editorial@accjournal.ca

Like us on Facebook and follow us on Twitter

Columnist

Just Posted

A tent housing a mobile vaccination clinic. (Interior Health/Contributed)
Second dose vaccinations accelerating throughout region: Interior Health

To date, more than 675,000 doses have been administered throughout the region

Okanagan Lake (File photo)
Thompson-Okanagan ready to welcome back tourists

The Thompson-Okanagan Tourism Association expects this summer to be a busy one

Aerial view of a wildfire at 16 Mile, 11 kilometres northwest of Cache Creek, that started on the afternoon of June 15. (Photo credit: BC Wildfire Service)
Wildfire at 16 Mile now being held

Wildfire started on the afternoon of June 15 at 16 Mile, east of Highway 97

The Desert Daze Music Festival is doggone good fun, as shown in this photo from the 2019 festival, and it will be back in Spences Bridge this September. (Photo credit: Barbara Roden)
‘Best Little Fest in the West’ returning to Spences Bridge

Belated 10th anniversary Desert Daze festival going ahead with music, vendors, workshops, and more

Internet speed graphic, no date. Photo credit: Pixabay
Study asks for public input to show actual internet speeds in B.C. communities

Federal maps showing Internet speeds might be inflated, so communities lose out on faster Internet

People line up to get their COVID-19 vaccine at a vaccination centre, Thursday, June 10, 2021 in Montreal. THE CANADIAN PRESS/Ryan Remiorz
Vaccines, low COVID case counts increase Father’s Day hope, but risk is still there

Expert says people will have to do their own risk calculus before popping in on Papa

FILE – A science class at L.A. Matheson Secondary in Surrey, B.C. on March 12, 2021. (Lauren Collins/Surrey Now Leader)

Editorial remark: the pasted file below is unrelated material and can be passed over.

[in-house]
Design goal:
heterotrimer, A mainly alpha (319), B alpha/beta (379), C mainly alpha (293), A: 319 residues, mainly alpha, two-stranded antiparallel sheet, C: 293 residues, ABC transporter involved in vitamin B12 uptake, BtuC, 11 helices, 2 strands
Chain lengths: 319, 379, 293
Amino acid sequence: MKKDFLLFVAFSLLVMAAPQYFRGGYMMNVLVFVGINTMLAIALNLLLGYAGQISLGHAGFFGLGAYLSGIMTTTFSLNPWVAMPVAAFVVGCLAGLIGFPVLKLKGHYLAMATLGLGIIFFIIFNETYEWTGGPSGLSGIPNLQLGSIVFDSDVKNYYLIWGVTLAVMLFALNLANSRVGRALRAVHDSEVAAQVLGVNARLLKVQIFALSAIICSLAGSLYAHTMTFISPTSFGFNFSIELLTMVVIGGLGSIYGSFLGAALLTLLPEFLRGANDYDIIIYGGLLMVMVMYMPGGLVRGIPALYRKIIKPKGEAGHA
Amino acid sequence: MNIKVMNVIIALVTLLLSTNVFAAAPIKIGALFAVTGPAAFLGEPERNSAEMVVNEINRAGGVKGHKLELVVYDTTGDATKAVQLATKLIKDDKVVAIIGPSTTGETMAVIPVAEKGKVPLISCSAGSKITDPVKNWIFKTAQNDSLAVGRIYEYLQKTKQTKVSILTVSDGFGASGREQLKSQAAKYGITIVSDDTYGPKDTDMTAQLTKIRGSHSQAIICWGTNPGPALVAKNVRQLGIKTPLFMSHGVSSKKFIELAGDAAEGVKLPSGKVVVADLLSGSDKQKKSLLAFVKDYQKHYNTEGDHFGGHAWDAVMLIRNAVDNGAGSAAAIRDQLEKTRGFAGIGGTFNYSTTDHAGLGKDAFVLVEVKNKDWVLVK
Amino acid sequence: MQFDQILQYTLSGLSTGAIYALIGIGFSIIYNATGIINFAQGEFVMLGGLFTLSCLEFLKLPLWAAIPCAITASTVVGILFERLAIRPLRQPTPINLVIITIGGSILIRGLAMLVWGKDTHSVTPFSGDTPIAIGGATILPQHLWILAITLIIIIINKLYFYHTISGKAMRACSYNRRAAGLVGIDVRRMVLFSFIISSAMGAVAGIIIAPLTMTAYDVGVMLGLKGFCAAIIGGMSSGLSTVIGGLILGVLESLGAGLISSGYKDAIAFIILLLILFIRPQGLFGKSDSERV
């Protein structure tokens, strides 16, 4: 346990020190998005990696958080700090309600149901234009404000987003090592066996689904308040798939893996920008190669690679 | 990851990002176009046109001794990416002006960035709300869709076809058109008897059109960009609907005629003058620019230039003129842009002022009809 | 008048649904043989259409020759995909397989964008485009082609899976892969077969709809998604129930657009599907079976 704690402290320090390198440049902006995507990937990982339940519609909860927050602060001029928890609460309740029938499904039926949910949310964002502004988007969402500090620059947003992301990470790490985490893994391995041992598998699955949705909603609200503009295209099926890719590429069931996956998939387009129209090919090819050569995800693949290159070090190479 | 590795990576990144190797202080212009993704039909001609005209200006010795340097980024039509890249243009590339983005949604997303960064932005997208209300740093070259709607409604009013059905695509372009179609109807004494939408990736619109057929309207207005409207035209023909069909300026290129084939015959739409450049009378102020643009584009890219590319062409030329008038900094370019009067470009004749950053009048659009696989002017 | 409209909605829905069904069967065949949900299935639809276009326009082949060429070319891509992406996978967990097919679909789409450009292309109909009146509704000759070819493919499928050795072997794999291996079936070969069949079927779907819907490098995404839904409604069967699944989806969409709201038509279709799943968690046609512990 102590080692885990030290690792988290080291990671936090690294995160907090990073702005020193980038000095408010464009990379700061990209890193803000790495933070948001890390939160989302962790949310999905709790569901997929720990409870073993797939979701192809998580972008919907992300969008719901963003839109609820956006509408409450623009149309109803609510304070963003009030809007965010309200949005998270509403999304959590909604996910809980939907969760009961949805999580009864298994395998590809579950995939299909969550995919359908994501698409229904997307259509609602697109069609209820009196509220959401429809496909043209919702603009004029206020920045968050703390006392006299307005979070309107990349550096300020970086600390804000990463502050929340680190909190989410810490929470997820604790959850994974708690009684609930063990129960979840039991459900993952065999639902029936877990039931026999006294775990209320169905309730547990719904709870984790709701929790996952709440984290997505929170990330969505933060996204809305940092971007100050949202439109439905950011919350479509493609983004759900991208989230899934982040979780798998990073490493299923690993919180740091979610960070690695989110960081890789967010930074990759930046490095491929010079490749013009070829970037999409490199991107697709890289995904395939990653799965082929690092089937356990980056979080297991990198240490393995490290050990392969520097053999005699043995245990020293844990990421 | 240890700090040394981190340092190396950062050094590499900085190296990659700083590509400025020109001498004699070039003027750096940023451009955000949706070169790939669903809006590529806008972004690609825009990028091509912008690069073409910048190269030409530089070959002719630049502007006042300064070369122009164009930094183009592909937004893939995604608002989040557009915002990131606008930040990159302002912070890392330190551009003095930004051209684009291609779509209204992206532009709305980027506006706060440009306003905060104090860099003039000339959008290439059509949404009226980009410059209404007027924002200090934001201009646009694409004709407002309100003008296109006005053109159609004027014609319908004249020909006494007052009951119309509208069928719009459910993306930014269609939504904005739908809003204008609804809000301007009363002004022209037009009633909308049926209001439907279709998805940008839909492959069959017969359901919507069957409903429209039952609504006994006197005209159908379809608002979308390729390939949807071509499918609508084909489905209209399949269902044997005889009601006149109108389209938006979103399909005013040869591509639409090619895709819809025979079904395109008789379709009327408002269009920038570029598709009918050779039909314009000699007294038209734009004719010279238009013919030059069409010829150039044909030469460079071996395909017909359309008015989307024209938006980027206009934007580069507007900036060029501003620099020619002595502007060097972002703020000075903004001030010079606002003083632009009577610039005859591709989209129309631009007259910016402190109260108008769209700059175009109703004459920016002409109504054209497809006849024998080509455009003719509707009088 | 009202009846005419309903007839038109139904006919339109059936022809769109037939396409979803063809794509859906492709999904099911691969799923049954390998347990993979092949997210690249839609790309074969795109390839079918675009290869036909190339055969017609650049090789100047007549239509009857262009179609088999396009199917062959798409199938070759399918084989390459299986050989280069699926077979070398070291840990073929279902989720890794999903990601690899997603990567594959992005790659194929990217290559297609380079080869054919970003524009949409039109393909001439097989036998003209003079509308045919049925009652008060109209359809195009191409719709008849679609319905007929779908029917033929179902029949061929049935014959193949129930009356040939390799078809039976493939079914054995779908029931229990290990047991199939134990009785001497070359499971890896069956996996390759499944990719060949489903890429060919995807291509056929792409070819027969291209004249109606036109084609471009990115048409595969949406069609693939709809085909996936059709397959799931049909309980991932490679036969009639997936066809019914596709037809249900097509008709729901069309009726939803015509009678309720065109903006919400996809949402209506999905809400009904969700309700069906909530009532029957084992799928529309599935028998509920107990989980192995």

Teachers’ union wants more COVID transmission data as B.C. prepares for back-to-school

BCTF says that details will be important as province works on plan for September

Provincial health officer Dr. Bonnie Henry outlines B.C.’s COVID-19 restart plan, May 25, 2021, including larger gatherings and a possible easing of mandatory masks on July 1. (B.C. government photo)
B.C. records 120 new COVID-19 cases, second vaccines accelerating

Lower Pfizer deliveries for early July, Moderna shipments up

A Heffley Creek peacock caught not one - but two - lifts on a logging truck this month. (Photo submitted)
Heffley Creek-area peacock hops logging trucks in search of love

Peacock hitched two lifts in the past month

The Calgary skyline is seen on Friday, Sept. 15, 2017. THE CANADIAN PRESS/Jeff McIntosh
2 deaths from COVID-19 Delta variant in Alberta, 1 patient was fully immunized

Kerry Williamson with Alberta Health Services says the patients likely acquired the virus in the hospital

The first suspension bridge is the tallest in Canada, with a second suspension bridge just below it. The two are connected by a trail that’s just over 1 km. (Claire Palmer photo)
PHOTOS: The highest suspension bridges in Canada just opened in B.C.

The Skybridge in Golden allows visitors to take in views standing at 130 and 80 metres

BC Green Party leader and Cowichan Valley MLA Sonia Furstenau introduced a petition to the provincial legislature on Thursday calling for the end of old-growth logging in the province. (File photo)
BC Green leader Furstenau introduces old-growth logging petition

Party calls for the end of old-growth logging as protests in Fairy Creek continue

B.C. Premier John Horgan leaves his office for a news conference in the legislature rose garden, June 3, 2020. (B.C. government photo)
B.C. premier roasted for office budget, taxing COVID-19 benefits

Youth addiction law that triggered election hasn’t appeared

A vial containing the Moderna COVID-19 vaccine is shown at a vaccination site in Marcq en Baroeul, outside Lille, northern France, Saturday, March 20, 2021. THE CANADIAN PRESS/AP/Michel Spingler
mRNA vaccines ‘preferred’ for all Canadians, including as 2nd dose after AstraZeneca: NACI

New recommendations prioritizes Pfizer, Moderna in almost all cases

Most Read